Bernard F.M. Abbott:

Checklist of the Lichens and Lichenicolous Fungi of Greece

2009. 368 pages, 14x23cm, 700 g
Language: English

(Bibliotheca Lichenologica, Band 103)

ISBN 978-3-443-58082-7, paperback, price: 94.00 €

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lichenlichenicolous fungigreeceaegean


Synopsis top ↑

This book brings together the results from over 2000 years of investigations into Greek lichens by workers from many countries. Greece has a rich lichen flora but it is not well known, in large part because previous publications are scattered through a wide, and often obscure, literature. This comprehensive and detailed checklist puts the study of Greek lichens onto a firm foundation, and will be indispensible for any botanist with an interest in Greece. Lichenologists throughout the Balkans and the eastern Mediterranean region will also find it of value.

Review: International Lichenological Newsletter 42 (2) top ↑

A checklist for Greece fills a real gap and is therefore a most useful addition to every honest lichen library. But there are many other reasons why this one is especially welcome. It is the first one ever published despite the fact that the oldest information on Greek lichens is available from the classical authors (esp. Theophrastus) more than 2000 years ago. To date there has never been a Greek school of lichenology, most work being undertaken by foreign travellers, leading to widely scattered literature published in many different languages over the last 300 years. Although the present author is also a foreigner to Greece, he has lived there for several years and knows the country and its language. As no overview of the Greek lichen flora and Greek lichenology existed, he took it upon himself to prepare an alphabetical checklist supported by literature sources for every accepted species. As a result, there are now 1296 accepted taxa, with a further 169 presently not accepted for various reasons (always explained). This is a sound base for further work. The author includes his own records from the Peloponnese. Information on the occurrence of every species is listed acccording to subdivisions of main geographical regions and the various islands. It is clear that there are still islands in need of lichenological exploration.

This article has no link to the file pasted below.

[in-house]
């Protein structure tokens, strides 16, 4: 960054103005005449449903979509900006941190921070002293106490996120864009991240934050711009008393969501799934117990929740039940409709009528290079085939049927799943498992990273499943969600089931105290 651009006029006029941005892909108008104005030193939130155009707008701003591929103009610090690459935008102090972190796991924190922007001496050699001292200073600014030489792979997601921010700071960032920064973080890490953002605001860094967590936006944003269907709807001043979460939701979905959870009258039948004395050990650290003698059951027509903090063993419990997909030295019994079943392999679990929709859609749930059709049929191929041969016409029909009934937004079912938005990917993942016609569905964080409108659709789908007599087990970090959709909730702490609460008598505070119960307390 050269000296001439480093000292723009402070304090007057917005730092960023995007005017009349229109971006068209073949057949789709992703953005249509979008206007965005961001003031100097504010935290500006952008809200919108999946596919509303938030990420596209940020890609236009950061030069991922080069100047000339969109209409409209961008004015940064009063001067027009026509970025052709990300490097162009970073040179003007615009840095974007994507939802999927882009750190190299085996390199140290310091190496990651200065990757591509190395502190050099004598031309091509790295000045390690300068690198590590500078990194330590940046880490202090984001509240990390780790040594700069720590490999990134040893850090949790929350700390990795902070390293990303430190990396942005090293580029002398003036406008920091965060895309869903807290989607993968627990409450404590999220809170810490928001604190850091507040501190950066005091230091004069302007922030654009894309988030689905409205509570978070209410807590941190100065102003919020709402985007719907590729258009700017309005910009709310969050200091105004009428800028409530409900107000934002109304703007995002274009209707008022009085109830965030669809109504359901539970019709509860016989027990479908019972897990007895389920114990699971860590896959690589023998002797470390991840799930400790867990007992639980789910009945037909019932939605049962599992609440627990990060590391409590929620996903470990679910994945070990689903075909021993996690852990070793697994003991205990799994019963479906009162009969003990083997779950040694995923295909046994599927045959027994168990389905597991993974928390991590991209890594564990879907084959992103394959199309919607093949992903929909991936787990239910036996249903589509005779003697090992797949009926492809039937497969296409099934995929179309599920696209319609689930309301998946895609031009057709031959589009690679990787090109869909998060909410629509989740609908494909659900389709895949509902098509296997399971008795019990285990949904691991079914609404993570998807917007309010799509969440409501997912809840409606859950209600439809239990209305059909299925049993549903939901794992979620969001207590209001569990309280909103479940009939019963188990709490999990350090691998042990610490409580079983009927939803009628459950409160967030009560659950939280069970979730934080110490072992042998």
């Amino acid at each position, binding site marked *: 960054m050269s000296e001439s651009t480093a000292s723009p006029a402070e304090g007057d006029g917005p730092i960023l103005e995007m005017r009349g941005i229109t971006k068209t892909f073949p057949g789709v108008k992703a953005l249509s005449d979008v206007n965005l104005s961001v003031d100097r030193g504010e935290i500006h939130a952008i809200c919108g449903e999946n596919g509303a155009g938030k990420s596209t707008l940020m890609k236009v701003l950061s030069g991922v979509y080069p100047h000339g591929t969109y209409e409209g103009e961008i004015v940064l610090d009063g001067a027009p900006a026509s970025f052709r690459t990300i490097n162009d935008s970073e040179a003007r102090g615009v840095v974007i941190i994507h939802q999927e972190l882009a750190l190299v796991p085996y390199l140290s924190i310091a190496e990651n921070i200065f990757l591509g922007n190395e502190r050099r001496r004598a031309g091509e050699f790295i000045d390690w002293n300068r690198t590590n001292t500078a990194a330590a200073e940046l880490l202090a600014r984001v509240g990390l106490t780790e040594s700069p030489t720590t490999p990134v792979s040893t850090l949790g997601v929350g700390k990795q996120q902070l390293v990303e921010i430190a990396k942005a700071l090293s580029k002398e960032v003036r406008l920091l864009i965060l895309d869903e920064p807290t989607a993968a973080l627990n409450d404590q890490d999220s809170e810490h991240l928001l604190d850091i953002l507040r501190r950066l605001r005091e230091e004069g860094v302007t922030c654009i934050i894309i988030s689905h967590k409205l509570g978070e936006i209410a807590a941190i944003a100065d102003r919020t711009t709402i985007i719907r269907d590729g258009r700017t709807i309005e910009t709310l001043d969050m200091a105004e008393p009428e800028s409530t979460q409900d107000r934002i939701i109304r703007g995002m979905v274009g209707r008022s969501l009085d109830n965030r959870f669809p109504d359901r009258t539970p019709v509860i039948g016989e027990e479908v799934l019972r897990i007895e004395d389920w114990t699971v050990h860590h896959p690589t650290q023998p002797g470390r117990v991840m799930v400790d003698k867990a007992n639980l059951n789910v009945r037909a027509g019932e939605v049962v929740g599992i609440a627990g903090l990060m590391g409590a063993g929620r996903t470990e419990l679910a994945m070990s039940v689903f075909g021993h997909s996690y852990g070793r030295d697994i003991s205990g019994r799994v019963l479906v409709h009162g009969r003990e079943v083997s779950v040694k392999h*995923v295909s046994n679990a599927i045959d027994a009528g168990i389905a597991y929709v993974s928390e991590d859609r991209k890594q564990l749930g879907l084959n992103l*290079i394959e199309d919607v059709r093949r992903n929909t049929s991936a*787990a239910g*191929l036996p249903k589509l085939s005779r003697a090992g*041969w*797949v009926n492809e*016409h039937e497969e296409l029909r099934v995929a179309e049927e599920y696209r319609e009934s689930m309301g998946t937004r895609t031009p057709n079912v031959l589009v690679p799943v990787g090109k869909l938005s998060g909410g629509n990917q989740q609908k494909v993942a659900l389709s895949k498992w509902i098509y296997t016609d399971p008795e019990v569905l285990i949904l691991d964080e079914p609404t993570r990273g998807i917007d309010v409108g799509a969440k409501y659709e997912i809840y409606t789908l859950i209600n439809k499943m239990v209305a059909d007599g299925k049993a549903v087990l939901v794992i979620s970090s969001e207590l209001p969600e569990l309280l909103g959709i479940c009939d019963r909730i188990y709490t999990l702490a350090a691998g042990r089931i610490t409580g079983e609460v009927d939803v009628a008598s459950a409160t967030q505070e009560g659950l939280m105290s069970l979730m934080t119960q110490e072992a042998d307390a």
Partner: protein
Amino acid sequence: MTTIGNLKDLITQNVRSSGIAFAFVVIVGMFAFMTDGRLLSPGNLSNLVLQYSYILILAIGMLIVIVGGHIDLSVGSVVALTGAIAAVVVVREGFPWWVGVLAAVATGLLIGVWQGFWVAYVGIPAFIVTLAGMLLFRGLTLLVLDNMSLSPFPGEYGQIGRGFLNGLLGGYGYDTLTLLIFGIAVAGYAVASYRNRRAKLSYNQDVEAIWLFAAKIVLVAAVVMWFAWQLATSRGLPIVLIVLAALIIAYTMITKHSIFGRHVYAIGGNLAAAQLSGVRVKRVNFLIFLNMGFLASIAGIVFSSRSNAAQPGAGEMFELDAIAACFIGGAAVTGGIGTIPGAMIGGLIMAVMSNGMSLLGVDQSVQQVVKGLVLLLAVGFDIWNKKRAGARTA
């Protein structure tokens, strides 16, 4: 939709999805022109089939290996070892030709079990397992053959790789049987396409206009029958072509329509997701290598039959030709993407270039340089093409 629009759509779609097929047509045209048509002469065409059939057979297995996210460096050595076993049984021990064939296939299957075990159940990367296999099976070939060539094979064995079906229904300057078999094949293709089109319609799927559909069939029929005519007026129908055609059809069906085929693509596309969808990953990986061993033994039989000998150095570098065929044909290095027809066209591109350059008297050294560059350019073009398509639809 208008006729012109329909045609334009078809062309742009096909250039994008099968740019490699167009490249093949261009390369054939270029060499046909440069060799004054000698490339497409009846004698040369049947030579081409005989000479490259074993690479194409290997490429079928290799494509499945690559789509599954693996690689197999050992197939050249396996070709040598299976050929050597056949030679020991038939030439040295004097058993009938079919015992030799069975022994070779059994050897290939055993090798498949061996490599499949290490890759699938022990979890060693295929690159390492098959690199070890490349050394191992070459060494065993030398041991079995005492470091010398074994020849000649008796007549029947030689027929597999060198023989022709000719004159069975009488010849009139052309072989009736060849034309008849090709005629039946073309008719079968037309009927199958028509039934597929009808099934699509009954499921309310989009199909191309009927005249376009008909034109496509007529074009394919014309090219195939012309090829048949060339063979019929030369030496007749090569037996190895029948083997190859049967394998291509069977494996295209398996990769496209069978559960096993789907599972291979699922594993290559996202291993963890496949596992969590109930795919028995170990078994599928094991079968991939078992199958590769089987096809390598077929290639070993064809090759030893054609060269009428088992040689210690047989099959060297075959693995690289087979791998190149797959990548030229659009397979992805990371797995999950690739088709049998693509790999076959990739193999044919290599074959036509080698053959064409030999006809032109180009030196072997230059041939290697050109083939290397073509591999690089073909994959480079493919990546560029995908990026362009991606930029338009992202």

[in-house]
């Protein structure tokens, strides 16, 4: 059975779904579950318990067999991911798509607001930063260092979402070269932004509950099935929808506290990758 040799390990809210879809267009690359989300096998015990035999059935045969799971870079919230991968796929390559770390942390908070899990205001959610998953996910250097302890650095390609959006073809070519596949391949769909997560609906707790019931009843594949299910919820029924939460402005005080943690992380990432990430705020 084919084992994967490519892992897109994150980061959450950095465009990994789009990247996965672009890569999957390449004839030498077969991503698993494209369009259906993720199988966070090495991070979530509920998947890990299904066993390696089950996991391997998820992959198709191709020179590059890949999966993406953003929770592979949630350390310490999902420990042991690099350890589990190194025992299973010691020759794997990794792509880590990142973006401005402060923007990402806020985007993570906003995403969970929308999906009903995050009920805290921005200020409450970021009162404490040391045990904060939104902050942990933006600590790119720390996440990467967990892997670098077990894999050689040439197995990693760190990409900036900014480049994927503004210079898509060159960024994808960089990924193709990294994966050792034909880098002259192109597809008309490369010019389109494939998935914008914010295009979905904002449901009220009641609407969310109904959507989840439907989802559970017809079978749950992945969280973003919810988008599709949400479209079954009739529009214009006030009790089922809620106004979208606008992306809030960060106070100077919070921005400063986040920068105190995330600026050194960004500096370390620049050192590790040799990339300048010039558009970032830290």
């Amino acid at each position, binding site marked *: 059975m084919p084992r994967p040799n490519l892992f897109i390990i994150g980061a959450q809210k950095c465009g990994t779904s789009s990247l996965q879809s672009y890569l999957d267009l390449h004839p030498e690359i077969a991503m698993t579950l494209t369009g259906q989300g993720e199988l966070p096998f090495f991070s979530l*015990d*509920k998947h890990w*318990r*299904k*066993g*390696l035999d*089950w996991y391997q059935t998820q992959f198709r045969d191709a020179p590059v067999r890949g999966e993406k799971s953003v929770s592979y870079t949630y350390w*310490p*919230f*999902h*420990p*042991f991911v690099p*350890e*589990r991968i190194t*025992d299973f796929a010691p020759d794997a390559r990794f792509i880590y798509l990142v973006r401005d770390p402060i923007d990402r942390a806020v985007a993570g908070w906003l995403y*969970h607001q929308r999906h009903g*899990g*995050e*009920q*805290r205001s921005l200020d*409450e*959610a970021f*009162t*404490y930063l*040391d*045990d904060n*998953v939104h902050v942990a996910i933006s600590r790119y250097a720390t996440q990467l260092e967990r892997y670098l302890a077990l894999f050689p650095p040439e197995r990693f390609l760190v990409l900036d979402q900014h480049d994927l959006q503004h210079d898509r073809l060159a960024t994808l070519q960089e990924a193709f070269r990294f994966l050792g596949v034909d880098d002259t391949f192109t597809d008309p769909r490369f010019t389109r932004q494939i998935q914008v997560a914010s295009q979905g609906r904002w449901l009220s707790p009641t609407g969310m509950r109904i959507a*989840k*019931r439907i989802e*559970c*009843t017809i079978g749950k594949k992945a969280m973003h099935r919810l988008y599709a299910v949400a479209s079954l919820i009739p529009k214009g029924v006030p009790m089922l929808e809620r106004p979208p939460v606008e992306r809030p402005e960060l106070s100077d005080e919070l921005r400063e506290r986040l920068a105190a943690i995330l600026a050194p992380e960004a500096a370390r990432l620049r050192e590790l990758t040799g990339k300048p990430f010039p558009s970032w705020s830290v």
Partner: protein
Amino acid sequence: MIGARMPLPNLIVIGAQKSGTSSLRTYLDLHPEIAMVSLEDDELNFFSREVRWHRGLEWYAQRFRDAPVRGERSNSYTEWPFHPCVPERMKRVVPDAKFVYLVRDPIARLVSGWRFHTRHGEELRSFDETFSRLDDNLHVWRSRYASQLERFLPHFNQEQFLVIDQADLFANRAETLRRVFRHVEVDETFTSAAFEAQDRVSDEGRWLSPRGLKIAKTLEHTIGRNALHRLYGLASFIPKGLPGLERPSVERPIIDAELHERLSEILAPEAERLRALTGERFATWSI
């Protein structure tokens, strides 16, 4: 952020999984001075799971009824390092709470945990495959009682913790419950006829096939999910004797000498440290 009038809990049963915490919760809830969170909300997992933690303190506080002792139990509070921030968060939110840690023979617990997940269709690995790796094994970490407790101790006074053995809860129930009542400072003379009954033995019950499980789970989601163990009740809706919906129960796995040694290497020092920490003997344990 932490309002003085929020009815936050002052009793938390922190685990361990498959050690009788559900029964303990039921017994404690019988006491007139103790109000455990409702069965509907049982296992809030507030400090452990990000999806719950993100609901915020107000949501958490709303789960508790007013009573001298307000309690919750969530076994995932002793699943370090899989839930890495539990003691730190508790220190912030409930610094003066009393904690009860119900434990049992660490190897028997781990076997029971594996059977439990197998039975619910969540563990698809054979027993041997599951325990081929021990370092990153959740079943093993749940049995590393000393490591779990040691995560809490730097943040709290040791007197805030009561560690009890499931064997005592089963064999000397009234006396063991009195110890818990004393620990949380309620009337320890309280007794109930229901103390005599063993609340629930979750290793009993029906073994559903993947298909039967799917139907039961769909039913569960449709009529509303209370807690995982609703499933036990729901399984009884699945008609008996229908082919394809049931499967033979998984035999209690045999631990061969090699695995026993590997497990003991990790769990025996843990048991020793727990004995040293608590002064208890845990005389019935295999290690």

In his introduction the author presents a detailed history of Greek lichenology, including personal valuations of many papers. Here one can spot some minor mistakes or omissions, e.g. p. 11 “the Austrian botanist Ferdinand Arnold” was in fact German or p. 17 a small section on “A Dr. C. Regel” who was the well known botanist Constantin von Regel (1890-1970). The main checklist is followed by 40 pages of synonyms and another 40 pages of Greek place names. The latter is a most valuable addition because it provides much information for geographical names published in the papers scanned for this list which are very difficult to find or to locate without an intimate knowledge of Greece and Greek history because many names have changed or have been used in various spellings etc. Then follows a detailed list of 58 recording sites by the author, which allows him to list his own records as one literature reference. Finally a list of references is given which is followed by a short list of further possible references which the author was not able to see, among which are some difficult to obtain schedae of exsiccati and some papers by Greek authors published in Greece. As regards the completeness of the evaluated literature, I found to my surprise that about 10 papers which appear by searching Recent Literature on Lichens by the keyword Greece are not included, among them Calatayud, V., Navarro- Rosinés, P. & J. Hafellner (2002): A synopsis of Lichenostigma subgen. Lichenogramma (Arthoniales), with a key to the species. - Mycological Research 106(10): 1230-1242, which adds Lichenostigma rouxii Nav.-Ros., Calatayud & Hafellner to the present checklist.

Despite these reservations, nobody else would have been able at this time to bring together so much valuable information for those prepared to study the lichen flora of such a large but still under-recorded area.

The Editor

International Lichenological Newsletter 42 (2)